Halensee, Collage © Björn Paulissen


The unglamourous end of Kurfürstendamm

by Aleksandra Potapczuk / translation by Max Bach

The Halensee station lies at Kurfürstendamm's rear, near the Grunewald villa colony built during nineteenth-century industrial growth. On the train platform there is scant indication of the neighboring hot property – a postmodern pedestrian bridge leads to the bleak Henriettenplatz. The station's entrance building, left in ruins after WWII, was rebuilt around 1960 only to be demolished in 1993 to make way for a large shopping center that also serves as access to the train platforms. Along with the already constructed office buildings, the new building was meant to represent an expansion of "City West," the project to develop the area into a main shopping and business center. But since financial conditions ended up favoring East Berlin, investors' plans went down the drain. Today many office buildings and storefronts stand empty; the train station itself received a provisional restoration.

Henriettenplatz is furnished with a fountain and large kitschy sculptures. A few paces up Ku'damm is more public art: On Rathenauplatz, above an underground section of the freeway, stands Wolf Vostell's "Two Concrete Cadillacs in the Form of Naked Maja." Many residents were so incensed by the artist's contribution for Berlin's 750-year anniversary, that they spent a year trying to get it torn down.

West of Rathenauplatz lies Halensee, at the beginning of last century one of the city's favorite getaways. On its east bank sat Europe's then-largest amusement park: Opened in 1904, Lunapark enticed the public with attractions like the "Shimmy Steps" and the "Devil's Wheel," waterslides and a wave pool, exotic cultures to gawk at, concerts and fireworks. Yet by 1933 the park was failing economically, and the Nazis considered it the epitome of decadent "Kurfürstendamm-Kultur," so they quickly tore the place down – old postcards are the only reminders of the past spectacle. Today residential buildings surround the lake and the beach is deserted due to unpleasant bacteria in the water. An elaborate filtration plant is meant to make swimming possible once again in the near future.

The history of the nearby Grunewald villa quarter goes back to William von Carstenn, whose real estate companies also developed Lichterfelde Ost, Lichterfelde West, Friedenau and large portions of Wilmersdorf.  The businessman from Hamburg was drawn to Berlin around 1865 due to the cheap land, and began to build up districts of villas complete with full infrastructure, independent of the city's official development plan. Von Carstenn is thus considered to be the originator of private city planning in Berlin. His grand vision included expanding the capital to encompass Postdam, in effect creating a "Great Berlin" with Grunewald as its Central Park. It was also his idea to expand Kurfürstendamm into a wide traffic artery, connecting the city to the newly built villa districts in the southwest. Constructed in the middle of the sixteenth century between the royal residence in Berlin and the hunting lodge in Grunewald, "Churfürsten Damm" through the years had become a simple country road. With Minister-President Bismarck's encouragement, the realization of a prestigious boulevard modeled after the Champs Elysée began in 1875 (although its 53-meter width was only half that of its model). In no time at all it was a popular destination for locals and visitors. Heavily destroyed in WWII, it was reconstructed soon thereafter to fulfill its original intention as the "Showcase of the West." Up until the fall of the wall it constituted the social center of West Berlin; but after 1989 the historical city center in the former East garnered more attention.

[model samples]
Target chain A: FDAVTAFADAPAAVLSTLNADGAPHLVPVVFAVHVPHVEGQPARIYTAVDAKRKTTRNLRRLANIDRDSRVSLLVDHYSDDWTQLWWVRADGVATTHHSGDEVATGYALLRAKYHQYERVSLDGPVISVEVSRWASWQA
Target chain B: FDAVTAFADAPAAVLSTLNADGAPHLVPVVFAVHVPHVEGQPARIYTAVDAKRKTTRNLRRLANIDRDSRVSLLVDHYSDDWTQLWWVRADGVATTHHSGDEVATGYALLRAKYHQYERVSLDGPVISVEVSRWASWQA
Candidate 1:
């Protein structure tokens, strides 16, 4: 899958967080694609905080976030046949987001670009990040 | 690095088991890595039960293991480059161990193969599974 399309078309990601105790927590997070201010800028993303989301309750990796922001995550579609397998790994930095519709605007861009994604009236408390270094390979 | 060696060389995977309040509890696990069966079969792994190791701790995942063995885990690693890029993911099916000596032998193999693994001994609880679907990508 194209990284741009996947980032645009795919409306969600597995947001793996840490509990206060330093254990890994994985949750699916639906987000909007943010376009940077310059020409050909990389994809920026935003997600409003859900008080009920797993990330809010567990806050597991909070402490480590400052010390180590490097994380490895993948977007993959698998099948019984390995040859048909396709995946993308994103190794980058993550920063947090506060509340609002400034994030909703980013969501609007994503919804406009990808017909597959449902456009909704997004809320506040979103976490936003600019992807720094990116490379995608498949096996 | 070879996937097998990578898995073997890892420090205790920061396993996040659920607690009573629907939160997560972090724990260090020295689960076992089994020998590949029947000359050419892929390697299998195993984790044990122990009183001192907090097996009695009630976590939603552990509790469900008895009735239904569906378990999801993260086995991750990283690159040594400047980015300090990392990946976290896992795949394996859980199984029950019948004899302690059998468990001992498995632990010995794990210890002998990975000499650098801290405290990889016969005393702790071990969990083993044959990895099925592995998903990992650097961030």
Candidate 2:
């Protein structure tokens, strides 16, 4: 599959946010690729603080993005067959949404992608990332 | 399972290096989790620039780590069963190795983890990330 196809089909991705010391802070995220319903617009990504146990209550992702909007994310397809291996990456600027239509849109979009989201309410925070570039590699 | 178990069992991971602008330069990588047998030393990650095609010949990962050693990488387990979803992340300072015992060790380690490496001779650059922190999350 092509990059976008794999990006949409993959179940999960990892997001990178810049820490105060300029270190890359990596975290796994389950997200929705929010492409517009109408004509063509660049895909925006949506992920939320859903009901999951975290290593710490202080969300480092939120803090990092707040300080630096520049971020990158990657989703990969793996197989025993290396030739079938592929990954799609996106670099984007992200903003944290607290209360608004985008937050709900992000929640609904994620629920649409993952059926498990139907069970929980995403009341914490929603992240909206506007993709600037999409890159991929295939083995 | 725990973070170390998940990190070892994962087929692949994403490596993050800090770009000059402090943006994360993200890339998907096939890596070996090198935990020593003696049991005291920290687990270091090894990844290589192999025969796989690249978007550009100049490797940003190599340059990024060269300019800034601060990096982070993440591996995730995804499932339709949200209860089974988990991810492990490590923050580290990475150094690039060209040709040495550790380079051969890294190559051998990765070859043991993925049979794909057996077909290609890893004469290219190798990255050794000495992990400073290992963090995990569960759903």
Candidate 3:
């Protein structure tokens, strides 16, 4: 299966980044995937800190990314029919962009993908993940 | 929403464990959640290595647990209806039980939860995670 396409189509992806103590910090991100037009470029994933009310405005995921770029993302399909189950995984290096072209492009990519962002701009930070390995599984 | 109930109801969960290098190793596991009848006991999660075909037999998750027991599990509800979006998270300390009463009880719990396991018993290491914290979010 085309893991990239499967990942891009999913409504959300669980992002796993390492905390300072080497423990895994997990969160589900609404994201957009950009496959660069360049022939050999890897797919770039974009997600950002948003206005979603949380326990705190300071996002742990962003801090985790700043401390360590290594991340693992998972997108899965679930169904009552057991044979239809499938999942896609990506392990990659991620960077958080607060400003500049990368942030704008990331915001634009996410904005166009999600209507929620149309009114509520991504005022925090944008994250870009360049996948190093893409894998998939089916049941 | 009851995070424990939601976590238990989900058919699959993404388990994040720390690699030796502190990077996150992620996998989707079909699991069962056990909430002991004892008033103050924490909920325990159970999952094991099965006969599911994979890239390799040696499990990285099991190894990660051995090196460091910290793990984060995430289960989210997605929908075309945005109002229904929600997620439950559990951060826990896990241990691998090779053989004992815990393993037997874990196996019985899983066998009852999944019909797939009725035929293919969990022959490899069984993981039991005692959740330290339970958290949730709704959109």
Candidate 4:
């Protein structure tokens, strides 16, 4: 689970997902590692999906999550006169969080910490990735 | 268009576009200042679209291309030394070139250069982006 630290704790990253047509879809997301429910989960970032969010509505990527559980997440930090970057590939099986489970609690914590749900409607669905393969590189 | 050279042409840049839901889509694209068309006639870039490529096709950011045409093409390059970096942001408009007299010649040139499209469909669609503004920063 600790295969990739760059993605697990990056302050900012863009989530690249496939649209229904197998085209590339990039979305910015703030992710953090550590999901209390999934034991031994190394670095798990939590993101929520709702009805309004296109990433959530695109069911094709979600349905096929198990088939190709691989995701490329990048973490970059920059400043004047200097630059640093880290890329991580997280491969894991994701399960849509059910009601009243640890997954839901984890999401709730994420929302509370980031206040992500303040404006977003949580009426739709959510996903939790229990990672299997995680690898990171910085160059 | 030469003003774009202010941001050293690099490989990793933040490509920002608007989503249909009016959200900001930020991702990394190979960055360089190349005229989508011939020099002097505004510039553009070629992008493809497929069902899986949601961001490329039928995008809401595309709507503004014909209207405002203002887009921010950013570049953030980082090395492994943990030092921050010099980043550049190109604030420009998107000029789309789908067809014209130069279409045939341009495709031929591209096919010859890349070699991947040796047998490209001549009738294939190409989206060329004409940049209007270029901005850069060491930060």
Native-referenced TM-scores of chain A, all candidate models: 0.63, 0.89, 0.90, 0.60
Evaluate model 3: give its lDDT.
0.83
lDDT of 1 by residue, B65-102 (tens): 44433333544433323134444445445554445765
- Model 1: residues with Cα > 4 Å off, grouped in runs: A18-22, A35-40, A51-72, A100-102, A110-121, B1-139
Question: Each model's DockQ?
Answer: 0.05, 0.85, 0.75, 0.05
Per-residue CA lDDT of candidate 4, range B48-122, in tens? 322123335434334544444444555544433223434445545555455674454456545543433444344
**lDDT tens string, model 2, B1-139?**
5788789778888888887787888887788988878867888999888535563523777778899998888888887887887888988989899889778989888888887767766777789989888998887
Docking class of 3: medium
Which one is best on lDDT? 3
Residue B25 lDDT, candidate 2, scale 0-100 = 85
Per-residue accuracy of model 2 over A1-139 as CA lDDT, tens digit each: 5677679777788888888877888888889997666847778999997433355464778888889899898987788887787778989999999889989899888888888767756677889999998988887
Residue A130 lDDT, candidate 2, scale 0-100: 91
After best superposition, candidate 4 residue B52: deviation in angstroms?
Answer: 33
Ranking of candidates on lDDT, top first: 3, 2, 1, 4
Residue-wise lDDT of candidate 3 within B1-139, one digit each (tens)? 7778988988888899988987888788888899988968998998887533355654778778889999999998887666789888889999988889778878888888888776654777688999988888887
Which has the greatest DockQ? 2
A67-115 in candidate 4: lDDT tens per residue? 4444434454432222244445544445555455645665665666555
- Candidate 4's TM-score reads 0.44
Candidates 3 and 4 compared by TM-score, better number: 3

Ku'damm is still, as ever, one of the most famous and priciest spots in Berlin although its character changes drastically along its 3.5 kilometer stretch: from tourist shops at Breitscheidplatz past the glossiness of luxury shopping to the modest ambience of the arterial road at the Halensee Ringbahn station. In a way, its tracks symbolize the city's edge. An unfamiliar view of a West Berlin institution reveals itself here at the end of Kurfürstendamm. The perceived outskirts of the city open up a new horizon – and Grunewald waits just beyond.


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